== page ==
You're racing around from store to store, desperate for the last few gifts you need. You spy something in your price range and grab it. Recommended age: 4 to 6. But that's fine for your 3-year-old nephew, right? He's pretty advanced anyway. Are you playing a dangerous game?
Believe it or not, manufacturer suggested age ranges on toys have a real purpose. They're designed to keep your kids safe and also to help you find gifts that match your children's skills and
abilities. After all, it's no fun to get a gift that's more work than pleasure, right?
A well-chosen gift provides the recipient with an opportunity to grow, learn, and have fun -- safely. On the flip side, choose a gift that's too advanced or designed for an older child, and you
could well risk your child's health -- or his self esteem.
Keep small children safe
Until they're about five years old, kids run a serious risk of choking to death on small pieces. Sure, your four-year-old no longer sticks everything in his mouth, but maybe he'll use his teeth to
pry two Lego blocks apart. No one plans for accidents, which is why you need to ensure that choking hazards aren't a part of your playroom.
Remember, too, that even age-appropriate toys can come wrapped and packaged in little death traps. If it's possible, consider opening toys completely and wrap them without all their extraneous
packaging. You can also take care of batteries and give gifts that are ready to play, as long as you're sure you won't be returning anything.
Something else to consider: you may be surprised to discover what defines a choking hazard. Grab a toilet paper roll and see what you fit inside it. A toy that fits inside the tube cleanly could
choke your child.
It's also important to take a close look at riding toys. Most injuries occur when kids fall off these toys, so make sure your child always wears a helmet. In addition, if you buy riding toys for
older kids, establish firm rules to keep smaller ones safe.
Consider age and ability
Just as important as your child's physical safety is his emotional well-being. So take a few minutes to consider whether a toy or game will challenge your child and keep him engaged -- or simply
frustrate him and make him feel inadequate. And of course, if you have a child with any kind of developmental delay or other disability, be sure to choose toys for your child's developmental age,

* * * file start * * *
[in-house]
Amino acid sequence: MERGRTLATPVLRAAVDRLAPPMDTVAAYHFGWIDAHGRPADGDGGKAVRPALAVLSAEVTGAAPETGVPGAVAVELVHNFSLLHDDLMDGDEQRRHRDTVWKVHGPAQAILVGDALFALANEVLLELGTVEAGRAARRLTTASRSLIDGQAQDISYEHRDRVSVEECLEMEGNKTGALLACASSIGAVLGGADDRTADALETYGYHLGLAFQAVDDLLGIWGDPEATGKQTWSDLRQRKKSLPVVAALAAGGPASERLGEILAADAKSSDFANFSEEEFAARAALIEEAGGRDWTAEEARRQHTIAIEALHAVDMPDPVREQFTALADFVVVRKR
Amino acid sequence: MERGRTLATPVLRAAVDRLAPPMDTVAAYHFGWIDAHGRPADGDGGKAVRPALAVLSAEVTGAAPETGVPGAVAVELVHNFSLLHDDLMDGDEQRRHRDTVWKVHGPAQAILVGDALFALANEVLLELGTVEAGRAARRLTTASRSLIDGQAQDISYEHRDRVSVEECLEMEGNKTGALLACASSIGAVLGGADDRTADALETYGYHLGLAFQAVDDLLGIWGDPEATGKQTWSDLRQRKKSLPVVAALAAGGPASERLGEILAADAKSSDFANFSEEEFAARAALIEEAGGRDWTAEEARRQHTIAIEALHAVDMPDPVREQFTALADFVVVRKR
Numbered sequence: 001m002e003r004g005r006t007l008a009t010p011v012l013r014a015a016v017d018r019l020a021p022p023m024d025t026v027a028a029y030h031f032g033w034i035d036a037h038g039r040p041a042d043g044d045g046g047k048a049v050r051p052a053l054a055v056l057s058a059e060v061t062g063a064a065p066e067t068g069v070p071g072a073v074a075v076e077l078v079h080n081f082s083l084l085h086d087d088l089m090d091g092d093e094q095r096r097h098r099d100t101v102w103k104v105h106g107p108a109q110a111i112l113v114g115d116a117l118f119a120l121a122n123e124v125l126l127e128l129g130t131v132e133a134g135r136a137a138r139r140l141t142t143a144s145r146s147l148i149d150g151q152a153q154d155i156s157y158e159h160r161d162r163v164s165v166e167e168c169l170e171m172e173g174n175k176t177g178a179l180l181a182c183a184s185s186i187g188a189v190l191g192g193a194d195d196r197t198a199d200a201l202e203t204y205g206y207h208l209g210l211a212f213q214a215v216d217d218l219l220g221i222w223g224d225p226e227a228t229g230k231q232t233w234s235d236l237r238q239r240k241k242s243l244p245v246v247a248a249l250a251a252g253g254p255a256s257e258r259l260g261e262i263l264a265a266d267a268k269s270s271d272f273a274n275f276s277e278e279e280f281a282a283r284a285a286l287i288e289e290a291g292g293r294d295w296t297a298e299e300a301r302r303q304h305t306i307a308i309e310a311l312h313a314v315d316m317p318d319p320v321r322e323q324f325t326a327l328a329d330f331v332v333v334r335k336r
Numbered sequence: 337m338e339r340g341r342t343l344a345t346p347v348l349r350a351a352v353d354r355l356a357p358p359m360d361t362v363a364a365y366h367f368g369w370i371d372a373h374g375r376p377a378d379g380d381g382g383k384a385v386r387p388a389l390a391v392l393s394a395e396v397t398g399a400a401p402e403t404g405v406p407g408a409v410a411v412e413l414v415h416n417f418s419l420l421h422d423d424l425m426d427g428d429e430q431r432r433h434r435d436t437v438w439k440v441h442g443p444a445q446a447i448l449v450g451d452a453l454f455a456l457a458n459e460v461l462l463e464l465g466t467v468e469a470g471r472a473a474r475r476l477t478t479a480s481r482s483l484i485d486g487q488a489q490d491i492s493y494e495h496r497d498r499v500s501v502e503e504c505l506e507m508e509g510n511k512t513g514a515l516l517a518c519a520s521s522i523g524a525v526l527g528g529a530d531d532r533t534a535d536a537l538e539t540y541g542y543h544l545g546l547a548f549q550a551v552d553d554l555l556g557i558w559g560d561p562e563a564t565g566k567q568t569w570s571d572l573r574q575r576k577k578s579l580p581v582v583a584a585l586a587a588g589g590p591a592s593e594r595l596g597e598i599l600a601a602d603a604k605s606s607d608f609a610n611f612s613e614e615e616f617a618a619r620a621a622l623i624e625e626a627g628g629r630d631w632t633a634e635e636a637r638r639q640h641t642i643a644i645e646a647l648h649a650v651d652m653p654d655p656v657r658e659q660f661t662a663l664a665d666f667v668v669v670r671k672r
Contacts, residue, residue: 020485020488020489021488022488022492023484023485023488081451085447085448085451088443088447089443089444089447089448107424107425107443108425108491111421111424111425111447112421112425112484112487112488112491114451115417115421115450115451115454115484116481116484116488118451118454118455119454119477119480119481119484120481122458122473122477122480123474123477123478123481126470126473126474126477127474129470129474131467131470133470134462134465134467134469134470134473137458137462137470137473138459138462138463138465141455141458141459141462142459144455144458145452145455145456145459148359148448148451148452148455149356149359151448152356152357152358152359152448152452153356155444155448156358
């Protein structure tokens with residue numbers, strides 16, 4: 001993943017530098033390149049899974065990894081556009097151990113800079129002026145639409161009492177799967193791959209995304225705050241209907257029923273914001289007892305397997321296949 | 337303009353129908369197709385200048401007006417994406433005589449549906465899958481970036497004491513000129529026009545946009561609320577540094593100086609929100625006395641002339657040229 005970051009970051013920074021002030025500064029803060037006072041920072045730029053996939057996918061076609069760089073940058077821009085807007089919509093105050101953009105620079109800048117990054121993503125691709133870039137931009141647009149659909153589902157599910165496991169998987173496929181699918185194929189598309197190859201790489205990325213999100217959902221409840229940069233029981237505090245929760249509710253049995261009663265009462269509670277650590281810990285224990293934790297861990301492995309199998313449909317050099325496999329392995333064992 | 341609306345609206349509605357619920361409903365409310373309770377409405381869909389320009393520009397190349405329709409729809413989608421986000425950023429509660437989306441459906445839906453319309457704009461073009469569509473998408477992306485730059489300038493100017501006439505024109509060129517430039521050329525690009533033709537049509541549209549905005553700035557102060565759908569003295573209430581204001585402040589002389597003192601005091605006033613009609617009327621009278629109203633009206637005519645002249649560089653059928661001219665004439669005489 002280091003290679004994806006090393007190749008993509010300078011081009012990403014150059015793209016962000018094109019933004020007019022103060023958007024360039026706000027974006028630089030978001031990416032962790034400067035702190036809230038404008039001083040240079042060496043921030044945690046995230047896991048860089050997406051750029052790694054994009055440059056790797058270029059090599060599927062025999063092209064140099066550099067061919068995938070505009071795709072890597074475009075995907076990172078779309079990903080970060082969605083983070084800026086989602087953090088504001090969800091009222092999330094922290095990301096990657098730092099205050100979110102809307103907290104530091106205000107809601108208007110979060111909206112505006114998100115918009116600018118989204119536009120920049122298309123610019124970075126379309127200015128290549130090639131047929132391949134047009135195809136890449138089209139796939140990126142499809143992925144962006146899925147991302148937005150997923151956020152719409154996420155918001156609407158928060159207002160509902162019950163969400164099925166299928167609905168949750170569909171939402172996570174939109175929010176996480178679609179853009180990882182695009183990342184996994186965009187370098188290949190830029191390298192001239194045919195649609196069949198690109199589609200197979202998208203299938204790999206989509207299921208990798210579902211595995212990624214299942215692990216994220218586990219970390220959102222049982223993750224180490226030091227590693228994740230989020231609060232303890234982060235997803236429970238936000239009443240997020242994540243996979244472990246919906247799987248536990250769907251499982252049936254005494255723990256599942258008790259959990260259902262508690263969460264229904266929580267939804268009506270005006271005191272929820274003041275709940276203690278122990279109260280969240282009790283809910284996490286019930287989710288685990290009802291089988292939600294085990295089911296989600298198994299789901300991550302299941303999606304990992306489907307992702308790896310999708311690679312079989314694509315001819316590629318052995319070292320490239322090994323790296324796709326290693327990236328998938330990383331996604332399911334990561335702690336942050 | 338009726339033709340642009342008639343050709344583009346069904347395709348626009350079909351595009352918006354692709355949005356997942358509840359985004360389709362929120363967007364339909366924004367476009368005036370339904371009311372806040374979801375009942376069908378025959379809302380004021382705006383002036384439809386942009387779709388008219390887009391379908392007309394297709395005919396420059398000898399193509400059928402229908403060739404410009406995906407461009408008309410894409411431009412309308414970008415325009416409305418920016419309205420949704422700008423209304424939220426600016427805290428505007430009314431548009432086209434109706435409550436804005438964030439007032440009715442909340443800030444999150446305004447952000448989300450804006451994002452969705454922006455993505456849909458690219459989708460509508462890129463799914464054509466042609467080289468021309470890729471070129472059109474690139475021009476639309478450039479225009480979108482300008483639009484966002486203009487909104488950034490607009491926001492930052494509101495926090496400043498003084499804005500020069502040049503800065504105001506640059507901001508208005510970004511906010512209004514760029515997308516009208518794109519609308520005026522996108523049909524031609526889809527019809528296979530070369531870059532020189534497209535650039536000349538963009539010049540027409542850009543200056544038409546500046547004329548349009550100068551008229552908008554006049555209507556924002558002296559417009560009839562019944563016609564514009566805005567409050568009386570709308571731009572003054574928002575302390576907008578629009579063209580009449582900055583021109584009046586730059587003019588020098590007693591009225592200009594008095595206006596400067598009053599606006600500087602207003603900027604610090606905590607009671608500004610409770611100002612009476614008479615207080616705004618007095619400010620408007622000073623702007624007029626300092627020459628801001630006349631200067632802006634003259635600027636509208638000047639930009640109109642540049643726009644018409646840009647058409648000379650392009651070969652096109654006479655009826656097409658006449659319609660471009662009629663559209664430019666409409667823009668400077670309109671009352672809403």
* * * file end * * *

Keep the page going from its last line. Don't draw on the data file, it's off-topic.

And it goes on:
rather than his chronological age.
Beware the bargains
Hand-me-downs and thrift stores can mean big savings -- but also big trouble. Any used toys that don't have the original warnings should be carefully inspected. You'll have to use your best judgment,
but be sure to look for worn or sharp edges, removable or loose pieces, and peeling paint. Magnetic toys? Toss 'em. Really. It's just not worth the constant vigilance and worry.
What to buy
The U.S. Consumer Product Safety Commission has some guidelines for parents. Take a look at their recommendations and warnings.
Zero to one year-olds
explore with their eyes, hands and mouth. Good toys for this age include:
- Crib gyms
- Floor activity centers
- Activity quilts
- Squeaky toys
- Soft dolls or stuffed animals
One to three year-olds climb, jump, walk, throw and play rough and tumble games. Good choices for these kids are:
- Soft blocks
- Large blocks
- Push and pull toys
- Pounding and shaping toys
Three to five year-olds like to use their imagination and enjoy toys that are close companions, such as
- Nontoxic art supplies
- Pretend toys (e.g. play money, telephone)
- Teddy bears or dolls
- Outdoor toys (e.g. tricycle and a helmet)
Five to nine year-olds like to be challenged with complex games that teach specific skills and concepts. Consider giving:
- Arts and craft kits
- Jump ropes
- Action figures
- Miniature dolls
Nine to 14 year-olds develop lifelong skills, hobbies and enjoy team and individual sports. Good gift ideas are:
- Handheld electronic games
- Board games
- Sports equipment with protective gear
- Model kits
- Musical instruments
No matter what gift you give, be sure to check the age guidelines and use common sense.